Cara Saven Wall Design introduces three new ranges to its CS&Co collection, in collaboration with world-renowned South African bead artists Monkeybiz, ceramicist Martine Jackson and collage artist Karen Stewart. The new ranges herald a fresh approach by the Cape Town-based wallpaper company, turning design objects and constructed abstract art into flat surface designs for the home and hospitality industry.
“We’ve never taken 3D objects and transformed them into 2D wallpaper prints before,” says Cara Saven of the unique concept. In the case of Karen Stewart, the tears, cuts and incisions that form part of her multi-layered collage process become hyper-enhanced in this blown-up version of the work, creating an extremely visually textured wall surface, while the intricate beadwork crafted by the talented collective of women at Monkeybiz is transformed into statement wall features in this unexpected iteration.
“Usually, the beaded panels created by our artists cover three-dimensional forms,” says Monkeybiz Creative Director Ben Orkin. “In my eyes, these panels look and feel like tapestries, and I thought it would be interesting if we patched them together and spread them across a wall.”
Each panel is made by a different artist, adding variety to these colourful wall designs. “Every bead artist has a unique technique and visual perspective, so when the panels come together, they tell a beautiful story,” explains Orkin, who worked with Saven to select the most appropriate patterns.
“Up close, it is obvious that it is beading,” Saven says of the panel designs, “while from a distance it looks so stunningly graphic.”
The Monkeybiz range for CS&Co also features some of the social beading enterprise’s decorative objects, such as dolls and animals, photographed into flat images that are repeated across a wallpaper design.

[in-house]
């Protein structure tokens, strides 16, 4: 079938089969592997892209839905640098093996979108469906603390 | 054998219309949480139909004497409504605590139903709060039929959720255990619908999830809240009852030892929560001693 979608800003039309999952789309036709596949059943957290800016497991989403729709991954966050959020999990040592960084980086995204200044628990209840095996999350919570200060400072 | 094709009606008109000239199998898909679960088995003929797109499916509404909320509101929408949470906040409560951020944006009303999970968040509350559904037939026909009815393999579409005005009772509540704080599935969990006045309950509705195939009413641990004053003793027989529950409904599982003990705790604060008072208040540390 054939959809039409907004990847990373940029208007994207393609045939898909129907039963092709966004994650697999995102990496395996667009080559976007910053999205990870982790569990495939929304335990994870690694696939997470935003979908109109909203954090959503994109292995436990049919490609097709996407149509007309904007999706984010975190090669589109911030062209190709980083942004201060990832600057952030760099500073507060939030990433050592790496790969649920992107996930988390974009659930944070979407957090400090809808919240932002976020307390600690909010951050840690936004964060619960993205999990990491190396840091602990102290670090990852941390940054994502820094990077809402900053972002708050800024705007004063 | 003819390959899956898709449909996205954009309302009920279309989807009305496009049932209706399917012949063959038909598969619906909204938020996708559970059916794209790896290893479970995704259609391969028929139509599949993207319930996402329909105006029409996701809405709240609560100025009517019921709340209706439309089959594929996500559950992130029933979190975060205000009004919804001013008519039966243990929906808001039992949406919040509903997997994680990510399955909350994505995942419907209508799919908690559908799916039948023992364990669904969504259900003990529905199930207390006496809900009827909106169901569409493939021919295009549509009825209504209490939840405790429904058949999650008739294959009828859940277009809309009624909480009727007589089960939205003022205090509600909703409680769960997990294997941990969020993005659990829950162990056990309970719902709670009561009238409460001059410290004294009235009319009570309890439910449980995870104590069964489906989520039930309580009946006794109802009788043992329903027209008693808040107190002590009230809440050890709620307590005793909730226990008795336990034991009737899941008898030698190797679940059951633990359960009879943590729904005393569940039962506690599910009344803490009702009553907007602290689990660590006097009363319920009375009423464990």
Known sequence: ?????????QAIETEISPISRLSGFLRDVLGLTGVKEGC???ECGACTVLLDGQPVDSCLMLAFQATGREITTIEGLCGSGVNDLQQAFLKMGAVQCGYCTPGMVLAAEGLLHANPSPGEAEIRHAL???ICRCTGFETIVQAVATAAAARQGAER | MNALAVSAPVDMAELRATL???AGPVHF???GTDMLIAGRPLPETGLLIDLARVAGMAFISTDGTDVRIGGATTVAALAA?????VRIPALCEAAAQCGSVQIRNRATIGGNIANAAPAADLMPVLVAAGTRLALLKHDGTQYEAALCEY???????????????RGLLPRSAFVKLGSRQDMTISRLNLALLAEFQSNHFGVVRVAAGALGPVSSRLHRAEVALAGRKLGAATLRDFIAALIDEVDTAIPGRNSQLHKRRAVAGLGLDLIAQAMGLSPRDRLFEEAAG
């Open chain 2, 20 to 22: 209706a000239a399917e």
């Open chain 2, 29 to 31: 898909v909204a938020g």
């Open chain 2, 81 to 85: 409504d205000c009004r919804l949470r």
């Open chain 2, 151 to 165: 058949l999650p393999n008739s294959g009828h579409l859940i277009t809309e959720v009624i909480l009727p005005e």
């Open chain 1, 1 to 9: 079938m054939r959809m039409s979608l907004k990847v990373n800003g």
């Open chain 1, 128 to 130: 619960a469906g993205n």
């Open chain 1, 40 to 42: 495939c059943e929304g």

“It’s impressive to create something as large-scale as wallpaper with our small pieces, and make a ‘beaded’ wall more accessible in terms of price point,” Orkin adds.
Stewart agrees: “It’s exciting to see my work in super-large scale. I created these bespoke pieces to make a statement, be fun and uplift anyone seeing them. As with a lot of my work, the premise is to spread happiness.” Spring Bling, New Gold Dream and Pink Pop Shop are names of some of the impactful mixed-media artworks designed by Stewart especially for her CS&Co range.
It is a pioneering step for Cara Saven Wall Design to present three-dimensional forms as two-dimensional imagery for wall surfaces, and Saven has found the collaborative process creatively fulfilling. She and Martine Jackson worked together closely to develop two unconventional concepts for the ceramic artist’s CS&Co range. One focuses on materiality and texture, by featuring close-up imagery of three of Jackson’s terracotta sculptures – an idea inspired by Mali’s mud dwellings. The resulting wallpaper conjures a feeling of warmth and a sense of protection, turning the space in which it is used into a comforting environment.
The second design concept places Jackson’s voluptuous ceramic sculptures in digitally enhanced gallery-like settings. One such design includes the image of an archway, with an oversized ceramic vessel placed before it on a plinth, giving the illusion of a passageway extending beyond the wallpaper. Another digital image presents two of Jackson’s bulbous sculptures resting atop weathered white concrete at the level of clouds wafting through a blue sky.
“Through simple wallpaper application, the home environment is completely transformed into a space that resembles the design of a set or an immaculately curated exhibition,” says Saven. “It allows you to ‘construct’ an entirely new atmosphere in your space.”
Saven launched the CS&Co collection last year, after the coronavirus lockdown in South Africa. The three introductory ranges were by Michael Chandler, Lucie de Moyencourt and Joh Del, artists who live within a 10km radius of Saven’s Cape Town home. With the addition of Monkeybiz, Karen Stewart and Martine Jackson, CS&Co currently features the work of 10 local creatives.
Says Saven, “They’re all artists I love, and to whom I wanted to offer a new platform and new audience, for their work to impact a larger-than-life application beyond the canvas, retail space or gallery. If someone doesn’t own one of their artworks or prints, this becomes another avenue to bring their aesthetic into the home, covering walls in their unique designs.”